The Small River refers to the ability of the martial arts technique to impose changes onto the environment of its own accord, without any additional infusion of spiritual essence on the part of the practitioner. The Small River is the plateau in which all processes associated with the martial arts technique inflicts lasting changes onto the nearby environment, as well as serving as the major declaration of the martial arts technique's claim; this breaks the natural law of mortal worlds, and if the technique is sufficiently developed to a certain extent, can trigger tribulations from the heavens in response. Relying on the increased resonance between the cultivator's soul and that of the mortal world, the martial arts technique can manifest a minor portion of the technique's mantra and its supposed claims by translating them into direct fluctuations of nature. The concept usually embodied by the Small River is one of the mantra's concluding phrases - particularly one regarding the magnanimity and grandiose effects of the technique.

Continuing the example of the <Cloudmist Steps>, the elementary movement martial arts technique of the Three Lotus Sect's Sun and Moon Pavilion, the full mantra is as such:

The clouds under the heavens and earth are swift and fierce, fleeting and tangible, vivid and illusory. Treading upon the clouds, obscuring the mist of the heart, and linking the soul with the impassable skies - the walker stands firm!

Under the heavens, unsurpassed by all above the earth. Illusory to all, but vivid to none. The concealed heart finds no adversary!

In this mantra, the Small River is highlighted in bold, and are encapsulated in [brackets]:

The clouds under the heavens and earth are swift and fierce, fleeting and tangible, vivid and illusory. Treading upon the clouds, obscuring the mist of the heart, and linking the soul with the impassable skies - the walker stands firm!

[Under the heavens, unsurpassed by all above the earth.] Illusory to all, but vivid to none. The concealed heart finds no adversary!

Regarding the Small River of the <Cloudmist Steps>, the primary phrase of emphasis is [Under the heavens, unsurpassed by all above the earth]. This notation raises the claim that during the period of time that the martial arts technique is activated, all other movement martial arts techniques cannot surpass it regarding the combination of illusion and swift movements. Attainment of the Small River would then allow the practitioner of such a martial art to embody its accompanying claim through the sheer influence of their soul onto the mortal world - as those beyond the late stages of the Core Formation Realm would then have attained the necessary prerequisites to manifest a miracle of such fashion. The concept of the Small River is a restatement of the benefits accrued from both the Five River Stones and the Initial Three Points - and renders them immune to any debilitating effects or conditions, for the <Cloudmist Steps>'s Small River is to remain "unsurpassed" by all martial arts techniques of the same branch.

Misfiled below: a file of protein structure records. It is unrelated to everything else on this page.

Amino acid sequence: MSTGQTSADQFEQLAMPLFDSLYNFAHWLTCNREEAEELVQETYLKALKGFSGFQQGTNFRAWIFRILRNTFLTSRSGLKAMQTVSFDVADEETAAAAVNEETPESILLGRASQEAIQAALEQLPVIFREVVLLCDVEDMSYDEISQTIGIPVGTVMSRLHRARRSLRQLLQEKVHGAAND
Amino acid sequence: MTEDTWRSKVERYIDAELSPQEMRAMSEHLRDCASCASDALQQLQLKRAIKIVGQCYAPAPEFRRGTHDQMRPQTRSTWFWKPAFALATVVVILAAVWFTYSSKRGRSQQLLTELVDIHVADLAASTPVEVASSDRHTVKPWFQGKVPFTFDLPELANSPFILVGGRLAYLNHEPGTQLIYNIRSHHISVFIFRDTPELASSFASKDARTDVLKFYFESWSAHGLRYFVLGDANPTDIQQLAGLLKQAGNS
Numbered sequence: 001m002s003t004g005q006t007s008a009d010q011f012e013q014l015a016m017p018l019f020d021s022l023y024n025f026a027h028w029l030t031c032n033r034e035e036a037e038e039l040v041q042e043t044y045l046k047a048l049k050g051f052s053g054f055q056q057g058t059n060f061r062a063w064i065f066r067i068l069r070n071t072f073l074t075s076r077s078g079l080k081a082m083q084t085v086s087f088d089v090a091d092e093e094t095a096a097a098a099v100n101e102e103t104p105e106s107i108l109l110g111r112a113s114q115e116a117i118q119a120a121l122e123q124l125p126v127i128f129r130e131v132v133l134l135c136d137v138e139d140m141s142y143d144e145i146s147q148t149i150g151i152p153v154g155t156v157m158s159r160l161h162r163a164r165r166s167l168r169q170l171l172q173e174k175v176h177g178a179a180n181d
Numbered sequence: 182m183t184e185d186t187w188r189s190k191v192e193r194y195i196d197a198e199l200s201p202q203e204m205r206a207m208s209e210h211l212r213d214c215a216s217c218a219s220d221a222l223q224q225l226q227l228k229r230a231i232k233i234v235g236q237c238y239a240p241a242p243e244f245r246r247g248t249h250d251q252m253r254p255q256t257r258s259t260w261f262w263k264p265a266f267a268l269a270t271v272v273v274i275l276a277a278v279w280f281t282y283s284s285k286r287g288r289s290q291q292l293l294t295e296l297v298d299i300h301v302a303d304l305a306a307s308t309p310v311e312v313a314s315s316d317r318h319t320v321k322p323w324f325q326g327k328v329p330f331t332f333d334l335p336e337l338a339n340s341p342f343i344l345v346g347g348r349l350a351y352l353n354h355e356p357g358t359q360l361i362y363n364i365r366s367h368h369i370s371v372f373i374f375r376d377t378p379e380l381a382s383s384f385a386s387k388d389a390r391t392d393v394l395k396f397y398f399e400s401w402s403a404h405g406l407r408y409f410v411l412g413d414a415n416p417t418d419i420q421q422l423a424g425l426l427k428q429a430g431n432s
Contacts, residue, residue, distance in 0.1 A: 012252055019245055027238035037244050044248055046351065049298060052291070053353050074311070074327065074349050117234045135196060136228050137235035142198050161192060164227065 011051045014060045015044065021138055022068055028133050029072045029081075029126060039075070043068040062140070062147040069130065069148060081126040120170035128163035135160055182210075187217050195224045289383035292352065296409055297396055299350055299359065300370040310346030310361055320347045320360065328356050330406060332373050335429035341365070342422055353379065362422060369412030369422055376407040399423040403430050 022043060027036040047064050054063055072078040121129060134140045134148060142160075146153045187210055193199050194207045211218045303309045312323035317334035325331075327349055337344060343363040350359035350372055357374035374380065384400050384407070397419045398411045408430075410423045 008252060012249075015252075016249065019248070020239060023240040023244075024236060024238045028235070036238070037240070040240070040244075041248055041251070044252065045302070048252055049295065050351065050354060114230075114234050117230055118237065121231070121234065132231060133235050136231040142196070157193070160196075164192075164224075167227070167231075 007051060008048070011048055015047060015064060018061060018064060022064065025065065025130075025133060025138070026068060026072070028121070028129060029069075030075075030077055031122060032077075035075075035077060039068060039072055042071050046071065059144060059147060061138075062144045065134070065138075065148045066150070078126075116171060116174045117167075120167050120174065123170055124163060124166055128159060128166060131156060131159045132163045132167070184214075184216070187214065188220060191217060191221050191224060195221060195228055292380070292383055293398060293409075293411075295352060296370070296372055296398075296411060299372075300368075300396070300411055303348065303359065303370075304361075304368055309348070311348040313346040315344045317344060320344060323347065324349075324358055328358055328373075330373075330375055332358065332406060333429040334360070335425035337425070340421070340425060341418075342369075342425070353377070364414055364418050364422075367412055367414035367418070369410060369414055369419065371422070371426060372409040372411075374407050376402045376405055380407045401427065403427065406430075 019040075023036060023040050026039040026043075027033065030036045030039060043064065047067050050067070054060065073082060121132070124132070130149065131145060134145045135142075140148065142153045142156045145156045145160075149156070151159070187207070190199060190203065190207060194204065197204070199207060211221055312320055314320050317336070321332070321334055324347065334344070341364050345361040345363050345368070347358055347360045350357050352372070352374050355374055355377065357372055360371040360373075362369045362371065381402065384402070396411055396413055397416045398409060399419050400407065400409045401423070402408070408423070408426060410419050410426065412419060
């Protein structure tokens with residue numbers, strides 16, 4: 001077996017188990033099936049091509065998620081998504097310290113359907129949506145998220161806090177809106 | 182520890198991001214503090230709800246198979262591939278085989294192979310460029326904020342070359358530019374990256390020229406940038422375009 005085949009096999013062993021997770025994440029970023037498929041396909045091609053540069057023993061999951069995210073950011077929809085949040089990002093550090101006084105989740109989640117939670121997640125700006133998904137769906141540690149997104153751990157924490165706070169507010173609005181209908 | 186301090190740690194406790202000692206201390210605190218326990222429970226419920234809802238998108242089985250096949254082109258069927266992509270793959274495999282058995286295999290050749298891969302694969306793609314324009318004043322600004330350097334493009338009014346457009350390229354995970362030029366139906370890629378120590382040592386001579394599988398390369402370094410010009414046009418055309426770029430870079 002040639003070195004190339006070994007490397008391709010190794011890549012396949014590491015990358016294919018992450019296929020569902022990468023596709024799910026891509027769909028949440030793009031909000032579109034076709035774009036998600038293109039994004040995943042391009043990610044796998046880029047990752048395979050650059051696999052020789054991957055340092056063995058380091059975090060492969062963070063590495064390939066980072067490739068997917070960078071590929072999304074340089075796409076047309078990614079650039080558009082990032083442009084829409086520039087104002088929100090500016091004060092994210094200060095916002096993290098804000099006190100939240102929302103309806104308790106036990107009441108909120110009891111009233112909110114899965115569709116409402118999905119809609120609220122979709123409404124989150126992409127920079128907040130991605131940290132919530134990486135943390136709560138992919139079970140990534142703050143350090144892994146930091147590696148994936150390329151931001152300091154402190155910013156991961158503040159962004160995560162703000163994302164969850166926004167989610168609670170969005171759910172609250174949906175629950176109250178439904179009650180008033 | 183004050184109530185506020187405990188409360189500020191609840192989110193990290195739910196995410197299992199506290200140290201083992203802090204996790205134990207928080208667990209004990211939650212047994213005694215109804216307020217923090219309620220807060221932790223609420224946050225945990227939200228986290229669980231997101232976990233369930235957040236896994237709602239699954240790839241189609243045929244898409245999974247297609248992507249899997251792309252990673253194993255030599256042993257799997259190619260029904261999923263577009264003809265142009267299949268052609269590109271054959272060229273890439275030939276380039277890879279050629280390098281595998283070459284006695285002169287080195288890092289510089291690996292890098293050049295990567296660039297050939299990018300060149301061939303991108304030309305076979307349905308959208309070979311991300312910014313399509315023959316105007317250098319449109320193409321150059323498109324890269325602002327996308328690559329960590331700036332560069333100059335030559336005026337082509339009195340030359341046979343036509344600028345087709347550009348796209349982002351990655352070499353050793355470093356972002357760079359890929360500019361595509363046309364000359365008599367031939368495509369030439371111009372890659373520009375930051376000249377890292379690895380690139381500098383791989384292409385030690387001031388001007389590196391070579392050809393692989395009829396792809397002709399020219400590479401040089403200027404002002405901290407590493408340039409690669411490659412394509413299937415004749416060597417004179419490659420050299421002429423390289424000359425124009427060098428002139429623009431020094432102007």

The Small River's sole and exclusionary benefit is to ensure that the martial arts technique's mantra's wording is embodied to a certain extent. This primarily relies upon the specific structural arrangement of the wording as well as the vocabulary used; mistakes or locations of ambiguity within the mantra can cause the Small River to reinforce a different aspect of the technique than what was originally intended, forcing the practitioner into a semi-permanent, disadvantageous state. The Small River is miraculous to a certain extent in that should the practitioner possess enough of a lifespan to witness the creation of a new martial arts technique of the same branch as the former, and the former's mantra employs terminologies including the phrase "unmatched under heaven", then by nature of the cultivator's increased connection with the mortal world, the Small River adjusts the former martial arts technique to be superior over the latter that is newly created. Should a martial arts technique's wording not employ such grandiose elements, then the benefits of the Small River are not so profound nor effective as one that does claim to be "heavenly potent". This factor is also one that is placed into consideration when evaluating the quality of a martial arts technique, and is also the threshold where many seemingly "divine" martial arts techniques fail to maintain their magnificent effects.

Large River

The Large River refers to the martial arts technique's ability to directly proclaim omnipotence over other martial arts techniques regardless of whether they are of a similar archetype or not. Compared to the Small River that can only dominate over martial arts techniques of the same specialty, the Large River can contest against any techniques that belong to the general archetypes - be it physical or spiritual. Attaining the Large River takes nothing but inspiration and enlightenment, as well as extensive knowledge and skill in wordplay and interpretation of certain texts. The minimum threshold of the Large River is the Nascent Soul Realm, and is also the stage where the structural arrangement of words and the vocabularly used is of paramount importance; one misinterpreted word or a claim either lacking in grandiosity or overdosed on pretentiousness can cause a practitioner's martial arts technique to become hollow - and fail to deliver its claims. The key to unlocking the secrets of the Large River can certainly be found within the mantra of the martial arts technique.